• Ago, the Sporting Regulations are governed by Swiss law, which says that the reasonable interpretation from the recipient is the key. It is not reasonable to a receipient to interpret that a table clearly permitting only four penalties (three if you discount the 25-second time conversion, which should have been irrelevant) would magically grow a fifth simply because the FIA did not wish to issue any of the other four. Even Ferrari would have been entitled to appeal the penalty upon itself, for the penalty was not a permissible one and it could have argued that no penalty at all would have at least been legal.

    The circumstances in this case are pretty much irrelevant. There is nothing in the release of Massa in Valencia that permits the FIA to ignore the penalty table it wrote down in the regulations and make a new penalty instead. Also, if a sporting penalty had been issued, Ferrari might have got their act together quicker and the Singaporean disaster may never have happened.

    Consistent rulings are good for everyone, including Ferrari.

  • Ago,

    Every driver who has ever been punished for an unsafe release except one has had a drive through. The circumstances surrounding it are irrelevant. If a driver is 1 mph above the pitlane speed limit are we going to say oh well that doesn’t matter? Ferrari released him unsafely to try and get him out in front of Sutil. The only way to force teams not to do that is to give consistent harsh penalties. I really don’t get that it would have been unfair to take the victory from him. There was an unsafe release in the view of the stewars and the standard penalty for that is a drive through. It is not the standard penalty depending on whether or not someone will lose a victory. I am not arguing whether or not Massa should win the race I am arguing about one incident in the race.

    There are two ways to govern a sport. You can be like rugby and say the rules are black and white and if you breach the rule by a tiny amount you get penalised. The benefit of this is that the rules stay constant and everyone knows if they go over the line they get hammered so they don’t do it. The other option is to have a wooly zone between right and wrong like football and look at the mess that results from that. If you watch a game from the 70s there is no wrestling in the penalty box. But because football referees are allowed to use ‘common sense’ they constantly back of from the line and allow things that were not previously legal so now we have all the wrestling in the penalty box, swearing at refs etc. I want F1 to have black and white rules and penalty so that it can maintain standards. It has slipped enough in the last 20 years and needs a disciplinarian to tighten things up.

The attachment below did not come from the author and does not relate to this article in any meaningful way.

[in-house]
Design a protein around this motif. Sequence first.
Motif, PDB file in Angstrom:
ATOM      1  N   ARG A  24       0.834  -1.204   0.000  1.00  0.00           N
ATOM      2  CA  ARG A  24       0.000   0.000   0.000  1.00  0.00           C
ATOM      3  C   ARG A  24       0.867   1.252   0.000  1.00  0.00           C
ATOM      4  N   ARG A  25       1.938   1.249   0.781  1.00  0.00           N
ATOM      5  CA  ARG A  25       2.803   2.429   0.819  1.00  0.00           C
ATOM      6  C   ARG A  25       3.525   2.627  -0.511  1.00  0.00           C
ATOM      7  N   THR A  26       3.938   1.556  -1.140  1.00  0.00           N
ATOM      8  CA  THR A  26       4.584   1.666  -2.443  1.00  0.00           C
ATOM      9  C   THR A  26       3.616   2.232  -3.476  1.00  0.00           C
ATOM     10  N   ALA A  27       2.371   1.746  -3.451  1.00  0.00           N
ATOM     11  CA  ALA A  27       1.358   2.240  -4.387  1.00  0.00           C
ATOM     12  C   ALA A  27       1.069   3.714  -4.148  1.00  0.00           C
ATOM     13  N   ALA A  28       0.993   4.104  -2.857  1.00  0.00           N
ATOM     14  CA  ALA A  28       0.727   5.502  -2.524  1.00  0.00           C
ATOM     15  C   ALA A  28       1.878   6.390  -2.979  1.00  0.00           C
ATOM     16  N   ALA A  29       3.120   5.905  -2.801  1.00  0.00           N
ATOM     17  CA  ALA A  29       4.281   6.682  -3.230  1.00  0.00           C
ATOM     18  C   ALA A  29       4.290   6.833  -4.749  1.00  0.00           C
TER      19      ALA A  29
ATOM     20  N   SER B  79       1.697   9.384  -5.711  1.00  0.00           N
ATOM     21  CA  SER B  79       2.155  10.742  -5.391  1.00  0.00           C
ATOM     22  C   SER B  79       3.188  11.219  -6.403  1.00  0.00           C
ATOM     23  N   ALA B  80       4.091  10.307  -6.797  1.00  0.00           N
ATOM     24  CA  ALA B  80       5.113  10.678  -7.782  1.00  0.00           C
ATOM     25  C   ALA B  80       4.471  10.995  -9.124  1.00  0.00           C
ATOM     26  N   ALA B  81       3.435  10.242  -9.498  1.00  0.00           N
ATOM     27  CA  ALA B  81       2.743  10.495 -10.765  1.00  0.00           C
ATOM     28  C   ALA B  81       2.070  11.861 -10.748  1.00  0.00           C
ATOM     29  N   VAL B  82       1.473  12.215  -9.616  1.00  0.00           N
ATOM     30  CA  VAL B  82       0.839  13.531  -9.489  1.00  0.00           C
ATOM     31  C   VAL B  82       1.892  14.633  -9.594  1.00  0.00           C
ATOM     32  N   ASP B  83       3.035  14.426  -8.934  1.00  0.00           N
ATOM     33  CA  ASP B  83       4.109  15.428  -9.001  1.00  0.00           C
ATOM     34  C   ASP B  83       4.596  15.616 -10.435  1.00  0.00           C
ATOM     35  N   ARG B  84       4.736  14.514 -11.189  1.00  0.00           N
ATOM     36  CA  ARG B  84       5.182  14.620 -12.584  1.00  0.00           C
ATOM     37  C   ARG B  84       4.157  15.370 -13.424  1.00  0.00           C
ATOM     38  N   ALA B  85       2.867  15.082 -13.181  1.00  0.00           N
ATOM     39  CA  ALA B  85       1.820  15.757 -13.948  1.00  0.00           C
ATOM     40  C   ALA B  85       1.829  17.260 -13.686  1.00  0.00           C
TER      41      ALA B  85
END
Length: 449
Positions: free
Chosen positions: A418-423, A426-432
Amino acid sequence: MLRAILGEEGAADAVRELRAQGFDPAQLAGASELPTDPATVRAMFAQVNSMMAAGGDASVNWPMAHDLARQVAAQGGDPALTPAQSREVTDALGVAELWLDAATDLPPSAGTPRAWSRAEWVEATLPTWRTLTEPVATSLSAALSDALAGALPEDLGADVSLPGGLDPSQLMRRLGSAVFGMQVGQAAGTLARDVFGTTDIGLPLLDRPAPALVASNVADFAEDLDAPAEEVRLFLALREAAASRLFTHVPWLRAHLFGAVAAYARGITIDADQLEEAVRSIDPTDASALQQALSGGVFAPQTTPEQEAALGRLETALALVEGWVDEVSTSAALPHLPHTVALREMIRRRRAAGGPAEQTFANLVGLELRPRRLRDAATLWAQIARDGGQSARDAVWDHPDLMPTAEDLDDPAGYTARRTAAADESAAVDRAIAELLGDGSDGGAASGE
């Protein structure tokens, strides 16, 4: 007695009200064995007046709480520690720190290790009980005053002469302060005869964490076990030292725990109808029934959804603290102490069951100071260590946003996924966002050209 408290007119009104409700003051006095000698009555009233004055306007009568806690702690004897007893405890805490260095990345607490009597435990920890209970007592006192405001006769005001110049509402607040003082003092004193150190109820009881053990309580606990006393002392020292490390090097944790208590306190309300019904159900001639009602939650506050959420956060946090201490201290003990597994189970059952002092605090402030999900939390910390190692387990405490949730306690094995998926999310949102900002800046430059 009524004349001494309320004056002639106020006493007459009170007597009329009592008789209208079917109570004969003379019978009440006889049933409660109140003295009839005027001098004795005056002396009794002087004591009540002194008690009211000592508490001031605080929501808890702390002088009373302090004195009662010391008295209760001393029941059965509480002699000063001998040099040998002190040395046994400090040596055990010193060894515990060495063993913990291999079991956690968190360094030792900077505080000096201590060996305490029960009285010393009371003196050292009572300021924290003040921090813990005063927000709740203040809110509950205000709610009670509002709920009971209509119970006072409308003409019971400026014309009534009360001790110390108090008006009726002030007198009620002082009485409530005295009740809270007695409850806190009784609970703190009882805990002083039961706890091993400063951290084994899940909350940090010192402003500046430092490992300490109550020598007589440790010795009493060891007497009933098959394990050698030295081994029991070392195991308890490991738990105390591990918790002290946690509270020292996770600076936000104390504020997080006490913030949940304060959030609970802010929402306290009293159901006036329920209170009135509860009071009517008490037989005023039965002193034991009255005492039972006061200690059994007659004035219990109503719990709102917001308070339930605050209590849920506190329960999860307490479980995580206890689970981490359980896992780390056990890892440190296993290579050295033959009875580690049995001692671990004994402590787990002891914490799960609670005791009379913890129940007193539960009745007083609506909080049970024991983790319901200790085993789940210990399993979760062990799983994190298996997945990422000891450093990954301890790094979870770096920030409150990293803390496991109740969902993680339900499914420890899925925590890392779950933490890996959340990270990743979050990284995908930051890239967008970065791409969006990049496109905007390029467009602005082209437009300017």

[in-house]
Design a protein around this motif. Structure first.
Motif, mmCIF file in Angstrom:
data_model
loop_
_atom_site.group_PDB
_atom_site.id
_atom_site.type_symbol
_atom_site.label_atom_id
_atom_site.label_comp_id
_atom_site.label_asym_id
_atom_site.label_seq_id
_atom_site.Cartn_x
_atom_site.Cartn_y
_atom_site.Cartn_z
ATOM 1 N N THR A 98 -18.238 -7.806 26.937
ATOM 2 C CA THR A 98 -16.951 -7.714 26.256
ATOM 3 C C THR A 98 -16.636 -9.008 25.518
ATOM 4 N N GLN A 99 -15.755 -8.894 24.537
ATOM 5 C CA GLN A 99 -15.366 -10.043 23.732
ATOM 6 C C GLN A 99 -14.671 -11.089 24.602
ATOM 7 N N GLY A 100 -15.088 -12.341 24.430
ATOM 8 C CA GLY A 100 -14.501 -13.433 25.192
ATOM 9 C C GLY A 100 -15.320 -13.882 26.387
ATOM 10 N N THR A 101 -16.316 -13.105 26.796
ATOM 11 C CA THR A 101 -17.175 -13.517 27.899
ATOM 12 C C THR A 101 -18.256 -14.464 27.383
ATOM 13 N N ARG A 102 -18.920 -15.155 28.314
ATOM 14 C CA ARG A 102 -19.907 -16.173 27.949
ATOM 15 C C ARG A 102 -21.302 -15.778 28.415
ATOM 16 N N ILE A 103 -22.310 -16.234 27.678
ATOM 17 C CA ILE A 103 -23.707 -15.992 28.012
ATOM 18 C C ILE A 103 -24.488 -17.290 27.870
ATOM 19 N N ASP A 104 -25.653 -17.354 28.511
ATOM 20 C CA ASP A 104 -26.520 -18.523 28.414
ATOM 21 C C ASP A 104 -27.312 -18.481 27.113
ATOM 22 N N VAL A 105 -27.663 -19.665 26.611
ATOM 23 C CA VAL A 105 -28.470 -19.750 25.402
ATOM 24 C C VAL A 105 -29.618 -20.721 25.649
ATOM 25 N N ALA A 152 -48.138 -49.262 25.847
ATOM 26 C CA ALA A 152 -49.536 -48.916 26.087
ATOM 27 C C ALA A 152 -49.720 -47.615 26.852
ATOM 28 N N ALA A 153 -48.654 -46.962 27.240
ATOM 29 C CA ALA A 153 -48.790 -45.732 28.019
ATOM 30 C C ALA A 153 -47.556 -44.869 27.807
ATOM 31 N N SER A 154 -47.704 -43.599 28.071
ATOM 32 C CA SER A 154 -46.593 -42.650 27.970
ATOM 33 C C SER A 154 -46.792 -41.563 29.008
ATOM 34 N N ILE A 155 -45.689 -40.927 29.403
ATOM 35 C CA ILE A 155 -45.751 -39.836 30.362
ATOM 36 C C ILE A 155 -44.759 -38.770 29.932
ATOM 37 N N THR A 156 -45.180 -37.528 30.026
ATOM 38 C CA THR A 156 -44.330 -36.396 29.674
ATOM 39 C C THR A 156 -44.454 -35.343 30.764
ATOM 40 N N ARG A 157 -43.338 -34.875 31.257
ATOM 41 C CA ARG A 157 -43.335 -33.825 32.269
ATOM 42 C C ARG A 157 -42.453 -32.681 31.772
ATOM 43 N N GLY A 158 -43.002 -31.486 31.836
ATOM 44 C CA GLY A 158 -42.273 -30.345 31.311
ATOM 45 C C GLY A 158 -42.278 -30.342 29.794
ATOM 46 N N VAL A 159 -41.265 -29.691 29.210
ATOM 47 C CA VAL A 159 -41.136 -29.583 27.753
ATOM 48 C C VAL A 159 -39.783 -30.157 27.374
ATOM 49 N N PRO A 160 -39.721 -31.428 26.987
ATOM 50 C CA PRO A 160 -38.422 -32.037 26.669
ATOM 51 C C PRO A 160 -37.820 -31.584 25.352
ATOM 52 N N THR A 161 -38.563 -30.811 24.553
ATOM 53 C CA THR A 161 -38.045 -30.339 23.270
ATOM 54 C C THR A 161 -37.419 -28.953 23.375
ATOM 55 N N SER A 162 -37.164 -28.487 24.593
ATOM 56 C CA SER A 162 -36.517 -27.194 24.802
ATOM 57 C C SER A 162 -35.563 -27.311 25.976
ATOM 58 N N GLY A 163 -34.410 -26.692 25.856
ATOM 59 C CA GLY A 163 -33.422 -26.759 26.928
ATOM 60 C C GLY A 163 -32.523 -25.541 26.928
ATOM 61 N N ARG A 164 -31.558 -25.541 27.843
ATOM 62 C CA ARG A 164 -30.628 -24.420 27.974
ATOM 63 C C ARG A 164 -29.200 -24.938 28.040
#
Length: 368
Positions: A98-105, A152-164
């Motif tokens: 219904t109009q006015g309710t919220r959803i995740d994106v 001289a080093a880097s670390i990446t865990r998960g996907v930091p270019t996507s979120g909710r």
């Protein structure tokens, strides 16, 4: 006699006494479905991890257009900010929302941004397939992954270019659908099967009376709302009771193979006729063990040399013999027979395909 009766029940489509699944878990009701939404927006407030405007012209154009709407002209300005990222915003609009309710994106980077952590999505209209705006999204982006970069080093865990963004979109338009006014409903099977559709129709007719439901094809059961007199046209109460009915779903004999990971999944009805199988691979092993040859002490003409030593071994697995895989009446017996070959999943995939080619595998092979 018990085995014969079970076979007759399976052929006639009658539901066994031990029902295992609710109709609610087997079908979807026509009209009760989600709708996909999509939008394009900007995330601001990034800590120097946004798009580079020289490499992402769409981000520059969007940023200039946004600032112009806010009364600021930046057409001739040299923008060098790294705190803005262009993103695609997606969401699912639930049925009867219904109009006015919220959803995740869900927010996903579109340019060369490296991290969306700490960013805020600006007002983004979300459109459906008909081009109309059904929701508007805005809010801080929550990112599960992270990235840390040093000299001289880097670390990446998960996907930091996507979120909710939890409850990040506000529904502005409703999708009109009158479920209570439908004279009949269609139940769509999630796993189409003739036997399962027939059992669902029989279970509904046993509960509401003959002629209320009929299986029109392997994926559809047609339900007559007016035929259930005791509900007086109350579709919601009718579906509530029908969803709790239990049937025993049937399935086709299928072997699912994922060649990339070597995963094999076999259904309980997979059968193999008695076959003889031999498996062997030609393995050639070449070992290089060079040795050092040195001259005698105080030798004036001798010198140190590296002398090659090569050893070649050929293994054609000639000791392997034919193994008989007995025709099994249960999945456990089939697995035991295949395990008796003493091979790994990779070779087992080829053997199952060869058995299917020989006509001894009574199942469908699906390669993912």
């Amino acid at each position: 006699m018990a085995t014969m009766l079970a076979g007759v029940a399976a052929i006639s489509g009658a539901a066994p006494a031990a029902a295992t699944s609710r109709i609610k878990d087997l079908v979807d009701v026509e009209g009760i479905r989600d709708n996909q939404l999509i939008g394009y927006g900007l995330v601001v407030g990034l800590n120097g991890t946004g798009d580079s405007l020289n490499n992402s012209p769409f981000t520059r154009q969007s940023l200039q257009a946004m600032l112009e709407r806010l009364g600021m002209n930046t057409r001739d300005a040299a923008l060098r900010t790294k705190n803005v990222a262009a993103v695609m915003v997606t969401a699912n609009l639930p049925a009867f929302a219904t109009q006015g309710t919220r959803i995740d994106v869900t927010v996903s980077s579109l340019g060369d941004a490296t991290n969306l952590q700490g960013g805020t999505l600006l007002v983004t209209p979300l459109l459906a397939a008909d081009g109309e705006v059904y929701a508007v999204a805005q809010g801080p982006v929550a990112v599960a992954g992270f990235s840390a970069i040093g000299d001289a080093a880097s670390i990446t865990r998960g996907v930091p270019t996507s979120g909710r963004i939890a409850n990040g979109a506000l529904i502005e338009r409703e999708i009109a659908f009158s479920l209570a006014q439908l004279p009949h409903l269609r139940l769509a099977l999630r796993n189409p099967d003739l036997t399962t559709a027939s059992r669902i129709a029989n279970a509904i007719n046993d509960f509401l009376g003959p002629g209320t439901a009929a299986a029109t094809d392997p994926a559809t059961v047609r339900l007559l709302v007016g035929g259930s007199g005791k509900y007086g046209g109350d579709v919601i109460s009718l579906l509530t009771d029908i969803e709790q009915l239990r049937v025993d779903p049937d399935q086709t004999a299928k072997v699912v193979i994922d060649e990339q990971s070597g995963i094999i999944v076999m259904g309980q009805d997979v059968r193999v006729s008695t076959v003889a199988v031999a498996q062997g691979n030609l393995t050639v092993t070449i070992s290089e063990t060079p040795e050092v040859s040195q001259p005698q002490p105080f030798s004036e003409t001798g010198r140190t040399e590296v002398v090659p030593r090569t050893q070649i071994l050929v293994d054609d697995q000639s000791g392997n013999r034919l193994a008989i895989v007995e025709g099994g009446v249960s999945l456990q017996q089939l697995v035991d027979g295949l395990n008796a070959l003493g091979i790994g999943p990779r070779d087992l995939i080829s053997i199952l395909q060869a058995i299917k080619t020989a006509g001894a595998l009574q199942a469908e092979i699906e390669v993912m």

I totally disagree with the McLaren penalty but if you take the team’s points you have to take the drivers’ points. Your argument that the drivers were not involved makes no sense. The FIA’s position was McLaren had data illegally which they could use to improve their car. The car the drivers were driving. So if McLaren had learned enough from the Ferrari data to go and beat Ferrari that is fair? I don’t get that logic. If the team is penalised the drivers should be penalised.